6. My mom brought my childhood record player down when she visited. I can't believe the needle still works, considering how many hours I sat at that things when I was little. There are also twenty or so records too, that I hope Sawyer will enjoy in a few years.

7. I'm so disappointed in myself- I had a nine day streak going on my FitBit and then yesterday it all went to crap. 

8. I recently subscribed to an email service called theSkimm, which sends you brief news updates every morning so that you can go out into the world feeling slightly less dumb. 

9. Sawyer had his first bubble bath last night and it was the cutest thing. He tried to pop, eat, and grab them, and also had fun finding things hidden underneath. Not so fun? Getting him out. He's been pretty vocal about his dislike for getting out of the tub, but bubbles made it even more devastating for him. I laughed. It was just so ridiculous. Babies are so irrational.

10. Hot Valentine's Day plans? We're getting our taxes done. 

When Does a Book Become a Classic?

[it's old... so is it a classic? source]

My husband and I recently had a conversation about when a book becomes a classic. Be definition, a classic is something that "has lasting significance or worth; enduring." There is such a grey area between "classic" and "contemporary," that makes it hard to categorize certain titles. What are some potential factors?

Quantity/Total copies sold
Pro: The more copies sold, the more people reached. Millions of books can lead to a widespread, global impact.
Con: There are a lot of copies sold of really horrible books. Are Fifty Shades of Grey, Twilight or The Fault in Our Stars "classic" eligible? I think not.

Pro: Classics should be of merit or some sort of level, especially if they are to have "worth." A Kia Spectra is never going to be a classic car. 
Con: Who determines quality? And does our definition of quality in terms of literature change?

Author's Place in the Literary Community
Pro: An author's reputation is probably established for a good reason.
Con: Some authors are recluses, some publish post-mortem, and some are just plain assholes.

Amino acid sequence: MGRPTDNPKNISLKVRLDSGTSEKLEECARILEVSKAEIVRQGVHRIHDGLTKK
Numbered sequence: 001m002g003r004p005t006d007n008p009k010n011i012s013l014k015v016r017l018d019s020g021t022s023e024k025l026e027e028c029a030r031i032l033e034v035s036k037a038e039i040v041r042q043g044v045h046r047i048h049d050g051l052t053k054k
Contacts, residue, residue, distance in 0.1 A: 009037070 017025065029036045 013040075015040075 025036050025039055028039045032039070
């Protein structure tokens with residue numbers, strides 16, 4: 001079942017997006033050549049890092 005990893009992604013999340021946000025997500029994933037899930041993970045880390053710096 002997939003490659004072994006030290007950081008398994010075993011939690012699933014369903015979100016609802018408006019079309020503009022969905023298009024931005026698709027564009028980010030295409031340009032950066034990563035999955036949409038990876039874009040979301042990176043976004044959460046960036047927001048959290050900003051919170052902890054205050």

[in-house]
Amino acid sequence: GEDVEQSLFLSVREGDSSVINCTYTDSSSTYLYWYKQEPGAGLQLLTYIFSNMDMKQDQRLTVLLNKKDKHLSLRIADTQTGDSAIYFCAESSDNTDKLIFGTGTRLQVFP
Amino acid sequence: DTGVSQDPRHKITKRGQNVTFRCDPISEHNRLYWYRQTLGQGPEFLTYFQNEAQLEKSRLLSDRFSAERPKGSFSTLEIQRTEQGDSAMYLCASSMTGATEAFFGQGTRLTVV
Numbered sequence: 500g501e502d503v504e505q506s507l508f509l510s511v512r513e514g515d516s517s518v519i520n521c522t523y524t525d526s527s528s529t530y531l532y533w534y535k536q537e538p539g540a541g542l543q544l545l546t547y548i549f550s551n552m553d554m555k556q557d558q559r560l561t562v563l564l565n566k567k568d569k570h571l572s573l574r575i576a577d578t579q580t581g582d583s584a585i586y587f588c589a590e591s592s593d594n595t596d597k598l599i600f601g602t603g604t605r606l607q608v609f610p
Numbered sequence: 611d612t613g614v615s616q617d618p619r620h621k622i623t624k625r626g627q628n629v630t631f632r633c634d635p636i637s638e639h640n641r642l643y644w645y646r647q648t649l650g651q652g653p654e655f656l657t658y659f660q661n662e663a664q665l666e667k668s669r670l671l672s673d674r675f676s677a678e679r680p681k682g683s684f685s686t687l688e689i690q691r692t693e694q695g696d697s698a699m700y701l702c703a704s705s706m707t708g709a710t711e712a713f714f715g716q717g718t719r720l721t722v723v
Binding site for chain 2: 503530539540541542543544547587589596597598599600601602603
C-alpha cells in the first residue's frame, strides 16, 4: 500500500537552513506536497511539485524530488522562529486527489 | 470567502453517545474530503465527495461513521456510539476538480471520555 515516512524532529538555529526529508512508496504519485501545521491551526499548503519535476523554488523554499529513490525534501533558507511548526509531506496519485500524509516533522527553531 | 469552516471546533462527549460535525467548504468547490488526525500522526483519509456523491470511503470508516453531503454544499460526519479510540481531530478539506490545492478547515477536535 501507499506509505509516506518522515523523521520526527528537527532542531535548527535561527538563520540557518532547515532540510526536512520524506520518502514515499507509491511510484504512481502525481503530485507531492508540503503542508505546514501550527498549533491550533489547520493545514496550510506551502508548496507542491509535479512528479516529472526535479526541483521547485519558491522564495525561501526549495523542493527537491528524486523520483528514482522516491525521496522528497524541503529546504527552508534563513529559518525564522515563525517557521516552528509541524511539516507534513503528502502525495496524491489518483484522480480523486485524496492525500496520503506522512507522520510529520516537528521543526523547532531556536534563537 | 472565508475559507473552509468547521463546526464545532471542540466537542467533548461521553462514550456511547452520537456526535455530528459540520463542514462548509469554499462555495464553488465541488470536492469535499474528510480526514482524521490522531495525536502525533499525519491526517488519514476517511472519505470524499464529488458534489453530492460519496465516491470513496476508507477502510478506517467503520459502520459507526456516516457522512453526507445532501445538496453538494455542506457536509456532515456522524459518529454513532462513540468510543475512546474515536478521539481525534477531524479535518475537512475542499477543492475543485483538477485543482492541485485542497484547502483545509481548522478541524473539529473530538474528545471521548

Author's Death
Pro: "Must be dead" is a really easy, clear-cut marking point.
Con: Some authors live for a really, really long time.

Academic Presence
Pro: A text repeatedly taught at the collegiate level is probably being done so for a good reason.
Con: Some books fall through the cracks, some professors eat out the hands of publishers, and some programs are resistant to freshening up their curriculum.

Time Constraints
Pro: It would be so easy to say that once a book is fifty years old it is a classic.
Con: So if we're looking at the sixties, books like To Kill a Mockingbird, Where the Red Fern Grows, Rabbit Run and The Outsiders were published. Are those quite classics yet?

Obviously, it doesn't really matter, but, then again, does half of the stuff we spend out time thinking about? 

Weigh in!

Top Ten Tuesday- Bad Romance

The Broke and the Bookish ask us for our thoughts on romance writing this week. I'm not really a big fan, but here's what I got:
[I had to]


1. Bad sex- Bad sex is just bad, whether or the screen, in real life, or between the pages.

2. Cheesy dialogue- Speak like a real person, you saccharine-sounding dumbass.

3. Excessive "grand gestures"- No, I do not want you to propose on the top of the Eiffel Tower while a blimp pilot dumb rose petals on us, thanks.

4. A lack of feminism- Sugar Daddies need not apply.

5. Happy endings- Life isn't always butterflies and rainbows.

6. Soccer Mom Porn- I'm still bitter that Fifty Shades of Grey was so popular.

Want More of... [so many jokes to be made...]

7. Unconventional relationships- Diversity!

That's all I got. I'm not really into romance writing.

This Sunday

I sort of hate Sundays. They always feel rushed, and the anticipation of my early (five AM!) Monday morning alarm is downright depressing. My lengthy to-do list is always weighing on me, meaning there's cleaning, laundry, work-related tasks, and everything else that I opted to not do on Saturday. The later it gets, the sadder the situation.

But this Sunday is different. I have the next eight days off, my mom is in town, there's lemon cookie dough chilling in the fridge, a kitchen stocked with groceries, and a sleeping baby is breathing heavily next to me (for the last ninety minutes). I'm well-caffeinated after the coffee shop screwed up my order and gave me a large iced mocha, and I've hit my step goal for the last seven days. I got eight hours of slightly-broken sleep last night and my house is fairly clean. There's BBQ chicken in the crock pot and a big loaf of fresh French bread on the counter.

I've been reading, too. I just spent some time with the The New York Times, namely this article on the Harper Lee news and some archived Bookends columns. I really don't know what to think about Go Set a Watchman- part of me is excited but part of me is very suspicious. The idea of taking advantage of the elderly is infuriating and I swear that if something shady is proven I'm canceling my preorder.

I've also spent some time reading up on Adnan Syed's appeal news and am hoping and praying Sarah does an updated Serial podcast. I must confess that whenever I see that I've got a new podcast on my phone I check immediately, just in case she's there waiting for me.

I've also just started Ian McEwan's The Children Act, and I'm not quite sure if I like it yet. Perhaps because I'm only twenty pages in and possibly because I've been reading in very small snippets. Time will tell.